On March 15, South Korea’s tax watchdogs announced they had caught over 2,400 culprits who had used crypto to hide their assets to avoid getting taxed. According to data collected by the National Tax Service, 2,416 tax evaders had accumulated $32M in cryptocurrencies, including BTC and ETH. The crackdown picked out individuals that had made profits over $10M while evading tax, and the NTS recovered all the hidden assets in cash and bonds.
South Korea became a digital asset hotspot after passing laws to allow virtual currencies back in March. According to NTS, the number of cryptocurrency investors over the year has increased by almost a million. Earlier this year, the country’s financial authorities revealed their plans to impose a 20% tax on cryptocurrency profits collected annually as of 2022. The tax will apply to earnings above the $2,260 mark.
South Korea’s Crypto Market
Virtual currencies have somewhat been something of a red zone for South Korea. A few years ago, South Korea’s government tried hard to suppress crypto enthusiasts’ demand to include virtual currencies into the financial market. Before the country’s government passed the law that allowed crypto trading, tax agencies and local police were frequently raiding crypto exchanges to investigate allegations of tax fraud.
Nevertheless, the country’s economic hardships and lack of opportunities have driven several residents to lean on digital currencies. Additionally, the technology and innovative aspects of South Korea have made many young citizens prefer using cryptocurrencies to fiat money. However, the NTS claims that using cryptocurrency opened doors for fraudsters and tax evasion since one can easily hide their assets in virtual currencies since they are tax-free to date.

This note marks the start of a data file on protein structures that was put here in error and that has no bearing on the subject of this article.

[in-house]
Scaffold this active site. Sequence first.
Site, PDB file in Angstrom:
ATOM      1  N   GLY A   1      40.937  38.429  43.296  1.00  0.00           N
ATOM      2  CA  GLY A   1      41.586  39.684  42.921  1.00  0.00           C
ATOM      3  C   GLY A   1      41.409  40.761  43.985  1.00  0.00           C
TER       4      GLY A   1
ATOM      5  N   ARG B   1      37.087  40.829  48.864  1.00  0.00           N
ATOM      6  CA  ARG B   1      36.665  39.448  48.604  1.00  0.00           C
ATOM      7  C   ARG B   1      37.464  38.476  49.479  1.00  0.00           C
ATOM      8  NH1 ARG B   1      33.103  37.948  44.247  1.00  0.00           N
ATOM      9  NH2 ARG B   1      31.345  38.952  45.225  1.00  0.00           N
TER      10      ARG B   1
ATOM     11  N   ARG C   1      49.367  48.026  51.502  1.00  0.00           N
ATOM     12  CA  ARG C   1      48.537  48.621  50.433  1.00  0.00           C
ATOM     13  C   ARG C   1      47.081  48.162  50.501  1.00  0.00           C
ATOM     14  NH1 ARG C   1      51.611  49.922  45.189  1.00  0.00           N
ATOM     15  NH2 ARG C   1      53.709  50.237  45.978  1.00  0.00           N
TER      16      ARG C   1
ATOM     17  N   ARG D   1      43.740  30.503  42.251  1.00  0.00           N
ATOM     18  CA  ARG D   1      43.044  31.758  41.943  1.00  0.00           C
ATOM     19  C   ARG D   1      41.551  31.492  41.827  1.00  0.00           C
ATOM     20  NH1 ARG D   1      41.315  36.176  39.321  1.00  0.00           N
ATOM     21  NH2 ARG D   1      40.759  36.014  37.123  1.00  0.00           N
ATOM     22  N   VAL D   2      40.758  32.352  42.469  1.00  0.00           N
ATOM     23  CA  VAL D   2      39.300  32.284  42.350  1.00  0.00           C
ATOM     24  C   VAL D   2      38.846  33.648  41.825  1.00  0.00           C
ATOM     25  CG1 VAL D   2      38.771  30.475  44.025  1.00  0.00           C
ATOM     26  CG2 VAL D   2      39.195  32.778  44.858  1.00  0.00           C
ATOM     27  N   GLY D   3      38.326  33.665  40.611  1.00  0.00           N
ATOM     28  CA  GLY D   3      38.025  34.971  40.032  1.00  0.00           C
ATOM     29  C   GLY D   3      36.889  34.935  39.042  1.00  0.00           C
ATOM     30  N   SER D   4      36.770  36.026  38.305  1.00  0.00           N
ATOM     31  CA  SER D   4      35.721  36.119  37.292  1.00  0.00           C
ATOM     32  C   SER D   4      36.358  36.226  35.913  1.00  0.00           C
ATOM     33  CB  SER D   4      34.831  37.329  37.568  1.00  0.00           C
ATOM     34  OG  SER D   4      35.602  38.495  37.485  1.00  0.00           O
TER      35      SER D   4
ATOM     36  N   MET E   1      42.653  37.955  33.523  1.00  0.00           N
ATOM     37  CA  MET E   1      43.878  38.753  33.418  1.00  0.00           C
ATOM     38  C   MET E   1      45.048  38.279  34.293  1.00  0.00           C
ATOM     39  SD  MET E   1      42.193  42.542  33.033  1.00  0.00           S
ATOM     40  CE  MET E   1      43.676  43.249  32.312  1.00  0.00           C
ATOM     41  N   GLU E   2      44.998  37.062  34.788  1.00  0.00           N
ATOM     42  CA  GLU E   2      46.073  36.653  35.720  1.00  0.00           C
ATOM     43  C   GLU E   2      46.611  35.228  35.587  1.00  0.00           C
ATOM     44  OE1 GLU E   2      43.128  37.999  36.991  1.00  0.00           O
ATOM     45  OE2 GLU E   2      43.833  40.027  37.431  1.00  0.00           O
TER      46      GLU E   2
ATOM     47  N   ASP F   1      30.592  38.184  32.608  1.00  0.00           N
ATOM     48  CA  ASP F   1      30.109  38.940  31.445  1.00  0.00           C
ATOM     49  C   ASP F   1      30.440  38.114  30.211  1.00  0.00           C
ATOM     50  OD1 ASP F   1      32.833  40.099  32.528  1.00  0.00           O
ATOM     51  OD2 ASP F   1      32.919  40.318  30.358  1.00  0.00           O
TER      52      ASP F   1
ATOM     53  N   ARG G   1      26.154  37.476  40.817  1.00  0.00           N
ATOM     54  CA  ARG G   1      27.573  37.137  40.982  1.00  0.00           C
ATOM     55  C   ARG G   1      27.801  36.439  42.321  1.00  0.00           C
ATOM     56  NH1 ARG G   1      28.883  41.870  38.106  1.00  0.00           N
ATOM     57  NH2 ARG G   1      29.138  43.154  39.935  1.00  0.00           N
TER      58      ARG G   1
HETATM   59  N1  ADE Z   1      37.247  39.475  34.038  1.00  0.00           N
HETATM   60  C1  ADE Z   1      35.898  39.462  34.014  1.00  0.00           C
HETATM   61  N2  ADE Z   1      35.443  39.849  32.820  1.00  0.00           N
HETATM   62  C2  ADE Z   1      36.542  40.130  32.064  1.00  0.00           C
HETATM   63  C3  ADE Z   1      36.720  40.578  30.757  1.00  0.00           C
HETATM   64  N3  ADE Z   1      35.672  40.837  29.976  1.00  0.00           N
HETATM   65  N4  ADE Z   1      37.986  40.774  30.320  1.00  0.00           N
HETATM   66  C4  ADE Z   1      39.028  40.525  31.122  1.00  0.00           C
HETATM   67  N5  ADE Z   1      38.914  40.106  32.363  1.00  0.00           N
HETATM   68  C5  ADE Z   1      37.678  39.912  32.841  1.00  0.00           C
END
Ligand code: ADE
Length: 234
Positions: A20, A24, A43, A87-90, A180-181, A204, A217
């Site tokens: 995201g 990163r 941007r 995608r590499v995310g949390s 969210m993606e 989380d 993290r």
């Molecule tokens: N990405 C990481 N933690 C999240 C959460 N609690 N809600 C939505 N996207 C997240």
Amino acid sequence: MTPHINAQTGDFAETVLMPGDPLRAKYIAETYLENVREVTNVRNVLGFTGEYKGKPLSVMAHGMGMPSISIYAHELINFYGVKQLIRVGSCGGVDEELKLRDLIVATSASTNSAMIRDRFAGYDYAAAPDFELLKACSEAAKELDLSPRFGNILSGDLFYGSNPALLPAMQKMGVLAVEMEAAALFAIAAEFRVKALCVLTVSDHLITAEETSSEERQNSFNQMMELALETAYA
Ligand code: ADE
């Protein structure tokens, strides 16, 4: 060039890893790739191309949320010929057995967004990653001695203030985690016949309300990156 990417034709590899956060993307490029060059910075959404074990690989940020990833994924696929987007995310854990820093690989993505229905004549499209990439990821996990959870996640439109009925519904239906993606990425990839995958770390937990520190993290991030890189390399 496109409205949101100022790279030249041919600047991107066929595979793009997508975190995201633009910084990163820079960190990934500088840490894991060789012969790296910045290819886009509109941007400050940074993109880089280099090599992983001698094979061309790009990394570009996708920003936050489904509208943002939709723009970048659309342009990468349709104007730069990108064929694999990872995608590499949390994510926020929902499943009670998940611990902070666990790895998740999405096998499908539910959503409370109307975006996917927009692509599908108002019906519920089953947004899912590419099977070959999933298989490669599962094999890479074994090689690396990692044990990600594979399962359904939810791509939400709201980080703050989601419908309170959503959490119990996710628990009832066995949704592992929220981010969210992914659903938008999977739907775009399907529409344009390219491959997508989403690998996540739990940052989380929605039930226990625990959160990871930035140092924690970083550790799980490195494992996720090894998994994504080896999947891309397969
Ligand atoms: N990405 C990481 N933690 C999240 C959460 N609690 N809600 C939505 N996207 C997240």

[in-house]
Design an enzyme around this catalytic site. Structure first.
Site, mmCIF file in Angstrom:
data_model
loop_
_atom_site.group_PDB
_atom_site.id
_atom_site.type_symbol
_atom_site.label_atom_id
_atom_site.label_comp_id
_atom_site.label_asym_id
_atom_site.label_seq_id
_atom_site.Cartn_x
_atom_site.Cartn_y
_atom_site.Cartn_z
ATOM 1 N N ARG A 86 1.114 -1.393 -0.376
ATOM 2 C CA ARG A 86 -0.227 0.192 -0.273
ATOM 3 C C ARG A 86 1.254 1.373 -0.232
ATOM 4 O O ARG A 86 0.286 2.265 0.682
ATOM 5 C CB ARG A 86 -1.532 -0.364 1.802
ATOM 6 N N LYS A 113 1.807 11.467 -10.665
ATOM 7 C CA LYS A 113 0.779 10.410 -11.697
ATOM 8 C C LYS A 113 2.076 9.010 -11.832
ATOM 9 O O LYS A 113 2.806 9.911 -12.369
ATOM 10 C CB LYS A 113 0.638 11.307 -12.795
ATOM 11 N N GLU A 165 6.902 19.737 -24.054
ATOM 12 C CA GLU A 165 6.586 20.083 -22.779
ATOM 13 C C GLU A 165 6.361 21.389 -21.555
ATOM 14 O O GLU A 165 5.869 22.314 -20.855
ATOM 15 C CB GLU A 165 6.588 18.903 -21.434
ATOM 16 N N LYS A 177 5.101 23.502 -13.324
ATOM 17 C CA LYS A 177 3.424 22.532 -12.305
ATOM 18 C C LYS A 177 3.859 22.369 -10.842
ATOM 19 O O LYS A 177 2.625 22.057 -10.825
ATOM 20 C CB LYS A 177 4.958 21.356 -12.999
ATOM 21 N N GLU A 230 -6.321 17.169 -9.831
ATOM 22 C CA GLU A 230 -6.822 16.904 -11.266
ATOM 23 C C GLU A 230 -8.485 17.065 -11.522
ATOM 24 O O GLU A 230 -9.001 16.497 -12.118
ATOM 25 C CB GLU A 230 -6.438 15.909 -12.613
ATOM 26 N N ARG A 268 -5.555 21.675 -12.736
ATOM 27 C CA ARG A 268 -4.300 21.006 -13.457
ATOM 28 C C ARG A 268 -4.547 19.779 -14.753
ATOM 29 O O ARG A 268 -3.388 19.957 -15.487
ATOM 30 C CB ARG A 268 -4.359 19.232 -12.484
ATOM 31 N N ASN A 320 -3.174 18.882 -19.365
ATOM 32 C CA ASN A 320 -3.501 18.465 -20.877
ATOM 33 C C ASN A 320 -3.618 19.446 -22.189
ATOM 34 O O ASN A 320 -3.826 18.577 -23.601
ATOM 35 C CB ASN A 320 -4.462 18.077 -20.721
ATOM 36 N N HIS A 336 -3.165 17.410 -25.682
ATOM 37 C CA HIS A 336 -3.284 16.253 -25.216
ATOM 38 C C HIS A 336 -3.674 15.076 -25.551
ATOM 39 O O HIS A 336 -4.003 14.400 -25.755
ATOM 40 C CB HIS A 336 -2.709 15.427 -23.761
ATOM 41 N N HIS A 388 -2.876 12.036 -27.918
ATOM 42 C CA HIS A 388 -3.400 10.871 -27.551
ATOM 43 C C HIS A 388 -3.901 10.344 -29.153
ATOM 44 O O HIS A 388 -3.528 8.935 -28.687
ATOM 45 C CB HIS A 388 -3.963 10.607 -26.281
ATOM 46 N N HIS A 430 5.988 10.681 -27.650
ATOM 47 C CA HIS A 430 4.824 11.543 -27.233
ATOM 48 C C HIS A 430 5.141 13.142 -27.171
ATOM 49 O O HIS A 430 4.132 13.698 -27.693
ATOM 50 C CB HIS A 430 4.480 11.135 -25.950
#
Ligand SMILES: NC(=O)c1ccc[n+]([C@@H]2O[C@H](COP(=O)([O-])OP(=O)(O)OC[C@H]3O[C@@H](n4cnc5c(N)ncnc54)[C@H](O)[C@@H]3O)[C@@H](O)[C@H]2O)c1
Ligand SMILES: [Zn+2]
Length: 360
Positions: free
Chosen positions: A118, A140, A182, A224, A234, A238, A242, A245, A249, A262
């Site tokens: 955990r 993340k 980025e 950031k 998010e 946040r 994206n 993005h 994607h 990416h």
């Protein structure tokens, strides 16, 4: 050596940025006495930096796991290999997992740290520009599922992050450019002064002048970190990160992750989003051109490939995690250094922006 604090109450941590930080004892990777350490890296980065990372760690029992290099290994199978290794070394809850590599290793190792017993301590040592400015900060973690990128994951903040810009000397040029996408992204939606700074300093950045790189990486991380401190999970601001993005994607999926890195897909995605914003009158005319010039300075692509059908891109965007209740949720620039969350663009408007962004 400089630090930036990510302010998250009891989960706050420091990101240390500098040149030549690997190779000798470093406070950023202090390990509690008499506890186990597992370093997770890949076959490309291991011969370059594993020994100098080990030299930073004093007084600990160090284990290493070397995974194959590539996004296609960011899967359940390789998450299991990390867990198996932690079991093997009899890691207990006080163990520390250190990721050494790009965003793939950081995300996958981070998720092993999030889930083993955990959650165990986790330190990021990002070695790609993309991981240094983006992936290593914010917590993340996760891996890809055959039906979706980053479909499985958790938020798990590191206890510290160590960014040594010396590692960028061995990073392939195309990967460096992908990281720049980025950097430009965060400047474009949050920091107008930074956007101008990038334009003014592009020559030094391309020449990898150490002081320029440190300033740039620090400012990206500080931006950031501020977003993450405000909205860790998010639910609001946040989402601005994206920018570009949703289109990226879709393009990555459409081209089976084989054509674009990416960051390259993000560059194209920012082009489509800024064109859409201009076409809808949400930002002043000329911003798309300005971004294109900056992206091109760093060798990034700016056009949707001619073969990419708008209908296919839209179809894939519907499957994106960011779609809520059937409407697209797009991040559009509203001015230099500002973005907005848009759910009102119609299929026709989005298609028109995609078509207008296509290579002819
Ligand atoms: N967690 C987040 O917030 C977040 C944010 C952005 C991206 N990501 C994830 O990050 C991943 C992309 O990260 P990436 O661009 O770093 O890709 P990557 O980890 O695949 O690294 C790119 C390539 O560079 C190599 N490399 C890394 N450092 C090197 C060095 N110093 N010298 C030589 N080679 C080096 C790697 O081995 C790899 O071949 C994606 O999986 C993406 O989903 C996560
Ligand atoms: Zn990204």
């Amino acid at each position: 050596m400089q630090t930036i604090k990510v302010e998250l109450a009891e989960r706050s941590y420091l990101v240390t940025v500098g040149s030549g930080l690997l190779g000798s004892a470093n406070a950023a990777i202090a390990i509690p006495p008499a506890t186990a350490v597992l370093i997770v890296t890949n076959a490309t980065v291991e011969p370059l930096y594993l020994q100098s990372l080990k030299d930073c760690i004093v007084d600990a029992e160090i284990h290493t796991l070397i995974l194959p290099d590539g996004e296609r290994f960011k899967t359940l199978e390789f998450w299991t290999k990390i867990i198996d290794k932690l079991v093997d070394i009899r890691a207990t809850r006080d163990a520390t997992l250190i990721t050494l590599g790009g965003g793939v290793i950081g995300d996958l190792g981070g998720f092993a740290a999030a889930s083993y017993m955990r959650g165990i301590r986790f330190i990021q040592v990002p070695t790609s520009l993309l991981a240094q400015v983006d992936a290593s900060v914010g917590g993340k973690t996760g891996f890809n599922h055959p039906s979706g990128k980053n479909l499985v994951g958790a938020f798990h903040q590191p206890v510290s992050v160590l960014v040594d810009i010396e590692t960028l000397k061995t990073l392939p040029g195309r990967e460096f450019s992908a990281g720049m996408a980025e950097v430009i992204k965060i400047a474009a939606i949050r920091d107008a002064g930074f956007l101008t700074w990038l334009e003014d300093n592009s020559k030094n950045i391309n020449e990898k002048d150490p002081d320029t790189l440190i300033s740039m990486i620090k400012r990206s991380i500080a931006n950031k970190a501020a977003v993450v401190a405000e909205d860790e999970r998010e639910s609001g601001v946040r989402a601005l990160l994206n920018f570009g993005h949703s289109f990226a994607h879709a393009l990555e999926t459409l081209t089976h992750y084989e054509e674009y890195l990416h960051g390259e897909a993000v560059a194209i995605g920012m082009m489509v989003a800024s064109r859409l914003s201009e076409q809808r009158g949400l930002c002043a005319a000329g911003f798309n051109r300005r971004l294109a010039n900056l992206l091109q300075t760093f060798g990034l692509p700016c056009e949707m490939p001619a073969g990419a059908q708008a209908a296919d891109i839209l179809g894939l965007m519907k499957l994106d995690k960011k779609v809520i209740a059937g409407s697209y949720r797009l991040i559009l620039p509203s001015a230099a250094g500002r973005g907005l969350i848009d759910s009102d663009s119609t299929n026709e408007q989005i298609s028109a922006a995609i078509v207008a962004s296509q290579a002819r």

According to the South Korean government, the proposed law to tax cryptocurrency profits above $2.2K by the Ministry of Finance will help with tax fraud investigations. In an interview with the local newspaper, the Korea Herald, one government official said they would find a way to regulate all digital currencies.
The official said, “Unlike stocks, virtual assets are not considered financial assets in international accounting standards, and financial investment income, such as stock investment,”
A Tough Space for Several Countries
While countries like South Korea are embracing cryptocurrency, other governments are fighting against using crypto. Earlier this year, the Central Bank of Nigeria prohibited cryptocurrency and payments from crypto exchanges within the Nigerian borders. The probe saw many accounts holding virtual currencies get closed down with no way to recover the assets.
The CBN gave the reasons for the action a few days later in a press release. India’s government is also planning to cripple cryptocurrency mining and trading activities after proposing a law that will halt cryptocurrency’s use in the country.